Marilyn Tam on the Power of Relational Leadership

Leadercast

23 March 2020
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Fear can keep us from asking questions that will guide us on our journey to self-improvement. Fear can also keep us from listening to the wisdom others have to share. Leaders who are able to overcome this fear can unlock the power of relational leadership, says Marilyn Tam—speaker, author, and founder and CEO of Marilyn Tam & Company—on this episode of the Leadercast Podcast. Joining us on the show for a second time, Marilyn dives into some of the content she delivered at Leadercast Women 2018. 

After immigrating to the United States, Marilyn worked her way up to became a lead executive at Nike, Reebok and Aveda, as well as a successful entrepreneur. “Every person who has any achievement is because they learn from other people who have gone before them, who helped show them the way,” Marilyn says. “I give credit to everybody I've ever met in my life.”

Learning From Everyone

Moving from Hong Kong to Oregon at a young age, Marilyn needed to find people who could help her. “Who has wisdom, knowledge, experience that I can learn from and how can I access that? What can I offer them?” she asked herself.

Most people don’t think about what they can give back to a mentor but, at the time, Marilyn understood that everything goes two ways. “Everybody around me became a possibility for me to learn from, a potential teacher for me,” she shares. Going through her life thinking that she can learn from others generated an attitude that helped her pave the path to where she is today and eased her transition into a new environment.

In a new company, career or role, this perspective on learning is essential. At one of her first jobs as an executive trainee at what is now Macy’s Inc., Marilyn’s supervisor always said to be hungry. “What advice was he giving me? I have to be persistent. I have to be curious. I have to learn, ask for help and always try to do better.”

Asking for Help

A key lesson Marilyn learned was to ask for help. It seems simple, but for many leaders, doing so is much harder than it sounds. People think that if they ask a question they’ll reveal their ignorance or inexperience; they’ll suffer embarrassment or they’ll be taken advantage of.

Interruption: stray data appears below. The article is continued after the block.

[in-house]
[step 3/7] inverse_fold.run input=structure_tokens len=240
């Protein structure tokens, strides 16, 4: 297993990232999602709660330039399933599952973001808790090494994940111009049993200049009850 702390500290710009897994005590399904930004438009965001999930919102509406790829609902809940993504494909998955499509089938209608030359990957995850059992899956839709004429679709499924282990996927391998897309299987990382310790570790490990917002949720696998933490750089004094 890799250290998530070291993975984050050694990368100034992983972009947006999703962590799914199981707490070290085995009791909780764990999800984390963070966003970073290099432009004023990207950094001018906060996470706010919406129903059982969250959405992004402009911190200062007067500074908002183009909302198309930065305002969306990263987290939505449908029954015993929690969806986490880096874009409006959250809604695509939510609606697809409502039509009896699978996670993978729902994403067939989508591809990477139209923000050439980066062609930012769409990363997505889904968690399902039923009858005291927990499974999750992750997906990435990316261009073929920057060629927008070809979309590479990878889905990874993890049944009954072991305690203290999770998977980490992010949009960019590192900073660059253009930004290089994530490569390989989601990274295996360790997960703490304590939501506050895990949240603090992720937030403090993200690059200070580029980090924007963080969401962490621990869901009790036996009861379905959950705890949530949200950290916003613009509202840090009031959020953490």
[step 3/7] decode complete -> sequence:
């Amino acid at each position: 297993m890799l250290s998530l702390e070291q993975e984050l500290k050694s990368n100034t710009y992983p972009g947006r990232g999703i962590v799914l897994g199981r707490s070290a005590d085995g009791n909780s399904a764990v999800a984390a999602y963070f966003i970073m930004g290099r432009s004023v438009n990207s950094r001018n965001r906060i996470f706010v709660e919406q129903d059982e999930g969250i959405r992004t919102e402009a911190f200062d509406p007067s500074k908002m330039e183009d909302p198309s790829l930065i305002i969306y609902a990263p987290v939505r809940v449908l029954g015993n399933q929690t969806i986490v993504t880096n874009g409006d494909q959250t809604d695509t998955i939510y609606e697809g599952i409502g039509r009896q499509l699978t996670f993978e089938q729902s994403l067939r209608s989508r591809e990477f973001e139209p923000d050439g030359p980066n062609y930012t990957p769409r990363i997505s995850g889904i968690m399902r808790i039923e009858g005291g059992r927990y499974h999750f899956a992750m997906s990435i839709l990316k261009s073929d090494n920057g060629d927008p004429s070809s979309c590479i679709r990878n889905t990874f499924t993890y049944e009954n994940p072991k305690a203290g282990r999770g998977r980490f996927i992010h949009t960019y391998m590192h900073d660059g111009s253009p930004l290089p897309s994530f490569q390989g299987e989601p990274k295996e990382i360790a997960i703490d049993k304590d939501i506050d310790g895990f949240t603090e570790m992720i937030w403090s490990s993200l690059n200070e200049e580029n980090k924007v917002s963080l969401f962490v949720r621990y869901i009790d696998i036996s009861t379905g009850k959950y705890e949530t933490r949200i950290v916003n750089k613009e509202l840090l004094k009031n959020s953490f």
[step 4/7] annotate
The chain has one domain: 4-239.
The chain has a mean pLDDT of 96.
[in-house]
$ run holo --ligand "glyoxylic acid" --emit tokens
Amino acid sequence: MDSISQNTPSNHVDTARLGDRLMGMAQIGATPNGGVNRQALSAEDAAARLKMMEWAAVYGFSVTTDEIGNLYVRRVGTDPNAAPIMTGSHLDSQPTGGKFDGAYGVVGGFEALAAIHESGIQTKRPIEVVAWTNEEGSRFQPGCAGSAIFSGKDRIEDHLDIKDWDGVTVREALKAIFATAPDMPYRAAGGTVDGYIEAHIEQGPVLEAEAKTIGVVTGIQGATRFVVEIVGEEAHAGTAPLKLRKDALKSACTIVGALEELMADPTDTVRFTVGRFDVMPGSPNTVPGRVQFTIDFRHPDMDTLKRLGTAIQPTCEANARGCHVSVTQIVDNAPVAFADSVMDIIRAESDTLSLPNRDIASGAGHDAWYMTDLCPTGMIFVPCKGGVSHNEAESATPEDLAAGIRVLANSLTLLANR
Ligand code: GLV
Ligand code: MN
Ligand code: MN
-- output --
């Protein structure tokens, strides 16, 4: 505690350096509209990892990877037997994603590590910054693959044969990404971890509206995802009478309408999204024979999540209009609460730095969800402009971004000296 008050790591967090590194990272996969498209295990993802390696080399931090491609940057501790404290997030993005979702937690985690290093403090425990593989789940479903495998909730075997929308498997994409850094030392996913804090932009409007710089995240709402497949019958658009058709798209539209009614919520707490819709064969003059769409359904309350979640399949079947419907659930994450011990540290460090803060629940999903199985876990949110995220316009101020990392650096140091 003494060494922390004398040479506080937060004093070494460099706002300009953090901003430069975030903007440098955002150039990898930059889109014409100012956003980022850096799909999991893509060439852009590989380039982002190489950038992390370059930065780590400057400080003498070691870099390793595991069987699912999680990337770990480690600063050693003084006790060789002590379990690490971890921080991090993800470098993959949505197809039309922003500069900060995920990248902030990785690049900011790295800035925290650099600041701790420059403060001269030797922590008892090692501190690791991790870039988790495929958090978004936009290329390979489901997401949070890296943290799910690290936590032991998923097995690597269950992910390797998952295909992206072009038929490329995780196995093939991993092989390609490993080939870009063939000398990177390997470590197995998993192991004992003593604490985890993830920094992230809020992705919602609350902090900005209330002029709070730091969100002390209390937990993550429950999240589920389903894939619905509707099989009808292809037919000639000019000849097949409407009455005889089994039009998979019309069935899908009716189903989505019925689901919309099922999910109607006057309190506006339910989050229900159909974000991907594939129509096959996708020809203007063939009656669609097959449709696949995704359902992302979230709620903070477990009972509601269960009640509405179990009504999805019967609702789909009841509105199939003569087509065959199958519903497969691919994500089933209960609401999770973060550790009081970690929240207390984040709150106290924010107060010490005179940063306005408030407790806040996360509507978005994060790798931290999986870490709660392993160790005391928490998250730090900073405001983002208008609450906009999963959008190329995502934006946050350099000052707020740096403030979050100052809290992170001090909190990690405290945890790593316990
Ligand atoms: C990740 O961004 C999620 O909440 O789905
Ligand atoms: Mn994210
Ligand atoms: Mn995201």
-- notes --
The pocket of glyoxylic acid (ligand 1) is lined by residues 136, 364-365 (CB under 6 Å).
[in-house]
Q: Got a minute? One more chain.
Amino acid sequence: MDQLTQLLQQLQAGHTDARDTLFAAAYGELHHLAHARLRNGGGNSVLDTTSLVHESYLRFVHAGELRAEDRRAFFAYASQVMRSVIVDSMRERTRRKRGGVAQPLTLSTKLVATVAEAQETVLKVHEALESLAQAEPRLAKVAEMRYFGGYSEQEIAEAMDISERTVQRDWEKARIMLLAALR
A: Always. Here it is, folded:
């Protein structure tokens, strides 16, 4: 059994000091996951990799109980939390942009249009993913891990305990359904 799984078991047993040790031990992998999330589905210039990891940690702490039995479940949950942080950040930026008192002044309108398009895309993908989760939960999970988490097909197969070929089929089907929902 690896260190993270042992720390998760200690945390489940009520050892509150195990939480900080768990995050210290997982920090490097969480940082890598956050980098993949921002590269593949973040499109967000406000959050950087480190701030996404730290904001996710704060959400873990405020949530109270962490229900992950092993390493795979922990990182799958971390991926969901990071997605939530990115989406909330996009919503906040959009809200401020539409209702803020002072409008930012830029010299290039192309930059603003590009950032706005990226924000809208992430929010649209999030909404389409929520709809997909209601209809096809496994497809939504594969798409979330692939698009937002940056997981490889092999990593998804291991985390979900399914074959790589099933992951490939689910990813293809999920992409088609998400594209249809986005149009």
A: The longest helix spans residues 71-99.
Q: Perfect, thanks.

“Would you rather them find out now that you’re eager to learn, or do you want to do something wrong and then try to figure out how to fix it?” asks Marilyn.

Asking a question indicates that you are eager to learn and trying to do better. If you view everyone as someone to learn from, you will be able to conquer your fear of asking for help because you are so hungry to improve yourself.

Marilyn credited an early mentor, Marty Bloom, with trusting her with responsibility. He saw that she was someone who was excited and motivated to gain authority. “The fact that he gave me the opportunity to grow much more than even I thought I was able to do at that time gave me that encouragement and faith and confidence in myself to take those leaps,” she says. His trust in her helped her trust herself.

How Leaders Improve

Marilyn mentioned four ways she has helped leaders improve their leadership traits. “I always lay out what the rules of the game are,” she says.

 

  1. Tell the truth. “You can never move forward with all knowledge if you're not getting all the truth,” Marilyn notes.
  2. Secure buy-in. “I make sure my team and myself have the same mission and [that we] understand how our particular areas align with that overall company organization mission,” she says.
  3. Get feedback. “I have regular meetings with both sides so that they understand what I wish to see from them and I understand from them what they wish to see from me,” she shares.
  4. Support others. Marilyn does this by giving her team the authority to make their own decisions and by leading by example. “We have to do as we say or else the whole thing falls apart,” she explains.

 

Marilyn shares a story that exemplifies all of these leadership traits. During her time at Reebok, she implemented skip-level meetings—or “Breakfast With Marilyn,” as she called it—where she ate breakfast with an employee who was at least two levels down from her direct reports. While meeting with an entry-level woman who worked in a call center, Marilyn listened to the employee’s idea to redesign the size of the shoebox. “It was a slight modification,” she recalls. “We were able to save over $10 million a year in PR and shipping and packaging in the first year.”

But the best outcome wasn’t in the savings, she says. It was that employees knew they were being heard and were excited when executives came to visit.

“More important than money, more important than anything else, is the recognition and the relevancy to what the employees are doing,” she says. “It's exciting for me; it's exciting for them. I learned so much more than I would ever learn [when] I just stayed talking to my direct reports.”

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Connect with Marilyn on her website.

To hear this interview and more episodes like it, subscribe to the Leadercast Podcast on Apple Podcasts, Spotify, Google Play or Stitcher.

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